Wednesday, January 03, 2007

Anchorage Daily News

Proximity is all important in the world. Yesterday I called Rich Mauer at the ADN to see if he'd be on a panel on legislative ethics January 20 that I'm helping with for Alaska Common Ground and the Alaska Women League of Voters. He won't be in town - he's headed to Iraq for six weeks! But later in the day I got a call from a reporter doing a piece on Gov. Murkowski's trip to Asia a month before leaving office. Was it ok for him to do this? Well, I can't answer a question like that, but I could discuss some factors to consider. If he had some projects to finish up that would benefit the state, then it could be a reasonable trip to make before leaving office. On the other hand, if he (and his entourage) are using the trip to set up business for after they leave office, then it would be a different story. Since I didn't have any details, I certainly couldn't make a judgment. If I were the reporter, I'd want to know what they accomplished. Did they get any contracts signed? Did they arrange any future programs between Alaska and Asia? He said they had stuff like, 'increased interest in Alaska trade." That's pretty vague, I replied, it is up to the Governor's office to document what they specifically accomplished. There are state ethics laws prohibiting doing business on projects you worked on while in office. Probably a year, don't know the details.

Well, on today's front page I saw this:

Farewell Asia tour cost state $100 grand
MURKOWSKI: Former governor says trip pushed trade and tourism.
Anchorage Daily News

Published: January 3, 2007
Last Modified: January 3, 2007 at 10:42 AM

Former Gov. Frank Murkowski's international trade mission in the waning days of his term cost the state about $114,000, according to expense records Murkowski and other state employees filed in connection with the three-nation tour.
In response to a request for information under Alaska's public-records law, the governor's office furnished a 1-inch-thick stack of receipts, travel authorization forms, itineraries and other documentation incurred by Murkowski and a dozen state employees who made at least part of the trip.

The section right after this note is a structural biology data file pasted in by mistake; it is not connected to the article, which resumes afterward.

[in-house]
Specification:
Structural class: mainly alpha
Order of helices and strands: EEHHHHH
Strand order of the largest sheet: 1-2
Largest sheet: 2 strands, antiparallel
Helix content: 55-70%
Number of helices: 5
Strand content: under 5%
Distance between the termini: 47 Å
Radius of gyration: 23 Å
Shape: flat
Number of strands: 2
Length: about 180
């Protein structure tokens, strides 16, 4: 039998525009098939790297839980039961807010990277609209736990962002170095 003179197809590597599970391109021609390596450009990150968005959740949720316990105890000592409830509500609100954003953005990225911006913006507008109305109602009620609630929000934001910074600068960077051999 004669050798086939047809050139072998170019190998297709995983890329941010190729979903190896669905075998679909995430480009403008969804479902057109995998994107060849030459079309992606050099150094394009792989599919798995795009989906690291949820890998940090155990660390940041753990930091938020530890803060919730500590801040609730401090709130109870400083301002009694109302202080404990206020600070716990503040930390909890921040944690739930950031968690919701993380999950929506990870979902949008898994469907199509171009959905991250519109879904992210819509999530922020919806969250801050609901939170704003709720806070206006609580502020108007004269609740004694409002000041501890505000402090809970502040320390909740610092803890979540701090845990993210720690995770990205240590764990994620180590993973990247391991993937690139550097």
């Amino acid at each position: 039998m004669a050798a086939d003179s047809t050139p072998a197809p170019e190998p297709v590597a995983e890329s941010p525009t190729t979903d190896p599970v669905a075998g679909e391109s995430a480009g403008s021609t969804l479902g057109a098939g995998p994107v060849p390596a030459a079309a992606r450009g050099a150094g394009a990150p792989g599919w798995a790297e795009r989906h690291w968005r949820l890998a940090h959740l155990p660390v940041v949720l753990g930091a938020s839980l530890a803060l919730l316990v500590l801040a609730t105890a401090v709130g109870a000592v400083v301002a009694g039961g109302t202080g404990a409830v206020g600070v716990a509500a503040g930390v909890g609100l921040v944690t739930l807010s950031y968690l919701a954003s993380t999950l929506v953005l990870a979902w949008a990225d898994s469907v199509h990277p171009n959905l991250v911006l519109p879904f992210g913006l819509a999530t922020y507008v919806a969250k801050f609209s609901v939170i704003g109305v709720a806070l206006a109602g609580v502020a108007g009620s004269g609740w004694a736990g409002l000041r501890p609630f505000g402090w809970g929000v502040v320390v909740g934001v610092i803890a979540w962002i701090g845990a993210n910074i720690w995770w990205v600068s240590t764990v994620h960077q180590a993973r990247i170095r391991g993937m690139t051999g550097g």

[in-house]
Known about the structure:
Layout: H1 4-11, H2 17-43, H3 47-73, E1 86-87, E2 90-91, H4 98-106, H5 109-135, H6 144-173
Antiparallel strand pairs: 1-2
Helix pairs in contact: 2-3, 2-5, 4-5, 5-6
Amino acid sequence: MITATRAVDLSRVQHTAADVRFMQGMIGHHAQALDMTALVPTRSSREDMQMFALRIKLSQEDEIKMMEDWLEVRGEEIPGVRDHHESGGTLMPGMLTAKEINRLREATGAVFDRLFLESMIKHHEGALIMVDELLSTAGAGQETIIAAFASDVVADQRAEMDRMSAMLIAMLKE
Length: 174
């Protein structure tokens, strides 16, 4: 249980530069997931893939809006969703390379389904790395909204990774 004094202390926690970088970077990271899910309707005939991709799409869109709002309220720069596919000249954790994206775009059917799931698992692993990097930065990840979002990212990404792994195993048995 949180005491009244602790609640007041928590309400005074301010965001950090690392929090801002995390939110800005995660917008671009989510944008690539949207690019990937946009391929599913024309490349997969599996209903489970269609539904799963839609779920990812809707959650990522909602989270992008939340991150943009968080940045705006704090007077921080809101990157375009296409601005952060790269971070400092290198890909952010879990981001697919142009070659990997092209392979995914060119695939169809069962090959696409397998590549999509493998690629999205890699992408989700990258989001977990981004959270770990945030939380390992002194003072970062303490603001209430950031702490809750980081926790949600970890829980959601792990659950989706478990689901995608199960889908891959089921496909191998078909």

The paperwork shows a running tab of typical travel expenses: airfares, meals, lodging and ground transportation.
Gov. Sarah Palin said she was concerned about the trip's reported price tag.
For more go to: here.

Actually, not sure what you have to do to get into the story - the ADN has been making it difficult to get stories beyond the first week. This should be ok today, but I don't know about next week. So I'll give you a little from the end so you can see that Richtmyer did a reasonable job in conveying what I said.

The lack of specificity in the state's explanation raises some questions as to the value of the trip, said Steve Aufrecht, a University of Alaska Anchorage professor who has a particular interest in governmental ethics.
"It's up to (Murkowski) to tell us what he actually did," Aufrecht said. "Were any programs finalized, were any contracts finalized, or were they spending money to further private interests he's going to be pursuing after he's out of office?"
Murkowski has said he planned to set up shop as a business consultant in Fairbanks focusing on resource development and Asia.
In an interview before he left office last month, Murkowski said he hadn't lined up any clients yet. The October trip was one of many trips he made to Asia during a 26-year career as a U.S. senator and governor, so he already has plenty of contacts, Murkowski said.

So what has this got to do with proximity? Well, if I hadn't called Rich Mauer, he wouldn't have thought of me when Richard Richtmyer asked him about someone to call for his story.

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